- If you are currently taking social security and enrolled in Medicare, and your 2014 (MAGI*) income was less then $170,000 (married filing jointly) or $85,000 (single) - You have nothing to worry about. You are protected by the "hold harmless" provision under social security rules that keeps you from seeing your net benefit decrease. Since there will be no cost of living adjustment for social security benefits in 2016, any increase to your medicare premiums would cause your net benefit to decrease. Therefore your premiums will stay at the $104.90 per month level.
- If you are NOT taking social security but ARE enrolled in Medicare, and your 2014 (MAGI*) income was less than $170,000 (married filing jointly) or $85,000 (single) - Your premium will increase from $104.90 per month to $159.30 per month, a 52% increase. If you are delaying your social security benefits in order to earn the delayed retirement credits, this might make you rethink that strategy, but it shouldn't. Certainly it's a big increase, but consider this example from Mary Beth Franklin in Investment News: "a Social Security benefit of $2,400 per month at 66 could increase by $768 per month by delaying until age 70." This puts the $54.40 per month increase in perspective. If you do still want to reconsider your claiming strategy, you would need to claim your social security benefits by November so that you receive a payment in December and January. This would allow you protection under the "hold harmless" provision discussed above.
- If you are enrolled in Medicare and your 2014 (MAGI*) income was over $170,000 (married filing jointly) or $85,000 (single) - Unfortunately you will be bearing the brunt of the increase in medicare premiums. The "hold harmless" provisions don't apply at this income level. Here is a chart from Investment News showing the estimated premiums, depending on your income level:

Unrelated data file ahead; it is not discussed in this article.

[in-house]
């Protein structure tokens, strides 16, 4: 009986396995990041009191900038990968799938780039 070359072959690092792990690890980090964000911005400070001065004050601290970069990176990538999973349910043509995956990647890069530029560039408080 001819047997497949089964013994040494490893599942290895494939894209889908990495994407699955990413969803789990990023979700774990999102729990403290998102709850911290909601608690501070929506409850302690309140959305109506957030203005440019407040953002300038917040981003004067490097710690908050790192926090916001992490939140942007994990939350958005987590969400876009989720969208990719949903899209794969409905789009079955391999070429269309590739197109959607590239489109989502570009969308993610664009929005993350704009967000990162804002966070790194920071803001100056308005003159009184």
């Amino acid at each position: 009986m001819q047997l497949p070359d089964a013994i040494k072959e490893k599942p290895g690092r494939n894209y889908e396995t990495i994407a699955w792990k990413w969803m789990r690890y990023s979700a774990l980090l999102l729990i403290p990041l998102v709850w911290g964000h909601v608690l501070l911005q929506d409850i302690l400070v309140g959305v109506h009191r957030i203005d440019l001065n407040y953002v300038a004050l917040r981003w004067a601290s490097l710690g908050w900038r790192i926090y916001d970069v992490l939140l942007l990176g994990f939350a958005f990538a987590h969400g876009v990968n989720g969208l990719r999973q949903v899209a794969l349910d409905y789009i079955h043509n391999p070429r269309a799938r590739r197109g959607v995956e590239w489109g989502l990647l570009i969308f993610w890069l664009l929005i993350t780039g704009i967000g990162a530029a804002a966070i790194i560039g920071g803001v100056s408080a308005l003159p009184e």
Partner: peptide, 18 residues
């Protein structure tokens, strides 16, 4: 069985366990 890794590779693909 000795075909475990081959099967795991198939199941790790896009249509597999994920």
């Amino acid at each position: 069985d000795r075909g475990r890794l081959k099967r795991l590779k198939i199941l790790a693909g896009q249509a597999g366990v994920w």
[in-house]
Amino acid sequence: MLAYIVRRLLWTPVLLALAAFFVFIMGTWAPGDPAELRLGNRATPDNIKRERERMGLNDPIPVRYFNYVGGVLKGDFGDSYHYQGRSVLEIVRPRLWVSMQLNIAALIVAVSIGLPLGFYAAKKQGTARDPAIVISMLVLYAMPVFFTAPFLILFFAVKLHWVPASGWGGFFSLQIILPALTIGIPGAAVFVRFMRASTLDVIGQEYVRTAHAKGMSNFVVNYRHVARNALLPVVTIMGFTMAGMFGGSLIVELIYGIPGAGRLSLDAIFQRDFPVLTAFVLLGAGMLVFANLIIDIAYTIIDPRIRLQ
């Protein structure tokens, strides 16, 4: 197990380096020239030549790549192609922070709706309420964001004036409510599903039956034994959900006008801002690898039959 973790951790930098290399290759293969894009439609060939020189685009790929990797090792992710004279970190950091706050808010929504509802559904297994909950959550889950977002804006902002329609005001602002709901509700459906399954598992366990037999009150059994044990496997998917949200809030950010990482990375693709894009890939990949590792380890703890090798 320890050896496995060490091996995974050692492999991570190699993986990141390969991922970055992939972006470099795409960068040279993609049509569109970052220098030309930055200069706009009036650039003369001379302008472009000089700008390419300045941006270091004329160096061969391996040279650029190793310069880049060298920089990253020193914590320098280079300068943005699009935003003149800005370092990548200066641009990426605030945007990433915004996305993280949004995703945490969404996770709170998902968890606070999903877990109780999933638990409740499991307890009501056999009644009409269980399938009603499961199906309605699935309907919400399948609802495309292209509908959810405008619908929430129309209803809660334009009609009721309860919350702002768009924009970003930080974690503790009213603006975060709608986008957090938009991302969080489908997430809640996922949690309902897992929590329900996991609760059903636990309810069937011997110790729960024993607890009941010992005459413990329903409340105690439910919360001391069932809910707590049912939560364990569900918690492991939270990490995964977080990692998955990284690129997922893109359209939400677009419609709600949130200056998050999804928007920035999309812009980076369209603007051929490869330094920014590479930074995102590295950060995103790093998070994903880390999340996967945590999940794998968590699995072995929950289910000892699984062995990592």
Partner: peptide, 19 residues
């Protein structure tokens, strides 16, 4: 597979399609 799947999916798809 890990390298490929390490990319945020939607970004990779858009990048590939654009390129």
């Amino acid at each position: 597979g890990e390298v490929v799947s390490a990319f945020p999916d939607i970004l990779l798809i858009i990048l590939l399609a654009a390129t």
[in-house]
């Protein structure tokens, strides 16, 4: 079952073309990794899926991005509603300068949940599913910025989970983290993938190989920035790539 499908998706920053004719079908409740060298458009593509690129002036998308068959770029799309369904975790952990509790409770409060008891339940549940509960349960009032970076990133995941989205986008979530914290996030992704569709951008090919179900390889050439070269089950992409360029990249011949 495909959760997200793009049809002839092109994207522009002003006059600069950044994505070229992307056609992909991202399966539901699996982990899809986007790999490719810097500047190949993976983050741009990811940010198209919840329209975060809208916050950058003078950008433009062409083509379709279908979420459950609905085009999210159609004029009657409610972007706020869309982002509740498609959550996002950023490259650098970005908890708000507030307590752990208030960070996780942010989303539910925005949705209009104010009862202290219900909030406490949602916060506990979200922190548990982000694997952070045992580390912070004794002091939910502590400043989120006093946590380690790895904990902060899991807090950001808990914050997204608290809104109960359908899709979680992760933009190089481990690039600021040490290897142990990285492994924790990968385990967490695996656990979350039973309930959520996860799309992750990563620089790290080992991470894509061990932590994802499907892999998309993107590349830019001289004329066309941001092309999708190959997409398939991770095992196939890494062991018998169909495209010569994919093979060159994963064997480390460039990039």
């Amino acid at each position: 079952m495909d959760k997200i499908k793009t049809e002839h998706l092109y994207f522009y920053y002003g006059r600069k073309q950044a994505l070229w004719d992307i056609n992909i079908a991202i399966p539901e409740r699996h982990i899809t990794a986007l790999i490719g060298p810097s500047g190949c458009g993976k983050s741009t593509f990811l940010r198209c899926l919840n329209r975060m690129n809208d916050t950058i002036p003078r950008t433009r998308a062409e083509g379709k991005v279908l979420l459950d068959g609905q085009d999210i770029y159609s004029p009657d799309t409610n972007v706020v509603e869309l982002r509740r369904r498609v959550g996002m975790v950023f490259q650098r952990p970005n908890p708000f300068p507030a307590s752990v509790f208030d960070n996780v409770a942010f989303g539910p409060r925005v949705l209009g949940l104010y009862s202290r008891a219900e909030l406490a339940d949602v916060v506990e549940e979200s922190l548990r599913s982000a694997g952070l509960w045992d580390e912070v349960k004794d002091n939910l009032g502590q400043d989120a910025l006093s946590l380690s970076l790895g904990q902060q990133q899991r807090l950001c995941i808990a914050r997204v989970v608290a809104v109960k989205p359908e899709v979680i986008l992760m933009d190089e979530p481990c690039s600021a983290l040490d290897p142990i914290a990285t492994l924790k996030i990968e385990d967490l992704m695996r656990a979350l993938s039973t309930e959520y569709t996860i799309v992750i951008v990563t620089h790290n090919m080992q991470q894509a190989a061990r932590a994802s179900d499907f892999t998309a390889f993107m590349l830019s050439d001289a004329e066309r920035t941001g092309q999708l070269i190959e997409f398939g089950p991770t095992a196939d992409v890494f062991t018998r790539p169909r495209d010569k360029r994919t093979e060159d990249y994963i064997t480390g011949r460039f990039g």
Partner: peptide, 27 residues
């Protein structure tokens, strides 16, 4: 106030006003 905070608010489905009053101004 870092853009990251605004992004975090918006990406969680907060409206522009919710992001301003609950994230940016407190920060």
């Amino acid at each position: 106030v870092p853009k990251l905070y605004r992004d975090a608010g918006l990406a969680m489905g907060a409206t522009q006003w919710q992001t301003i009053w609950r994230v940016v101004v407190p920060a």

These rules are complex and your personal situation will dictate what you should do. As always, we recommend you contact us if you have any questions about this and we can help you come up with a plan. Keep in mind Medicare open enrollment begins October 15 and runs through December 7th so now is a good time to review your plans.
- If you are eligible for Medicare and Social Security but not yet claiming either, and your 2014 (MAGI*) income was under $170,000 (married filing jointly) or $85,000 (single) - You have to consider what your plans are currently. If you plan on enrolling in medicare and taking social security soon, you might want to consider accelerating that to this year so you can be subject to the "hold harmless" provision and lock in the lower Medicare Part B premium price of $104.90. If you planned on delaying social security until 70 and/or you are still working and on an employer's insurance plan, you likely shouldn't change your plans just because of this increase.
If you'd like to read more about this, here are a few articles you can review:http://www.investmentnews.com/article/20150831/BLOG05/150839996/worst-case-scenario-for-medicare-premium-hike-in-2016https://www.kitces.com/blog/social-security-and-medicare-claiming-strategies-to-navigate-the-looming-52-medicare-part-b-premium-spike-due-to-hold-harmless
*MAGI = Modified Adjusted Gross Income = Total Adjusted Gross Income (Line 37 of your Form 1040) + Tax-Exempt Interest
The views expressed represent the opinions of L.K. Benson & Company and are subject to change. These views are not intended as a forecast, a guarantee of future results, investment recommendation, or an offer to buy or sell any securities. The information provided is of a general nature and should not be construed as investment advice or to provide any investment, tax, financial or legal advice or service to any person.
Please see Additional Disclosures more information.
If you are retired and paying medicare Part B premiums, or if you will be in 2016, you could be in for a major increase in the cost of those premiums. Who will be affected and how depends on a number of factors. Let me try to boil it down as simply as possible, recognizing there are always some more complex situations to consider: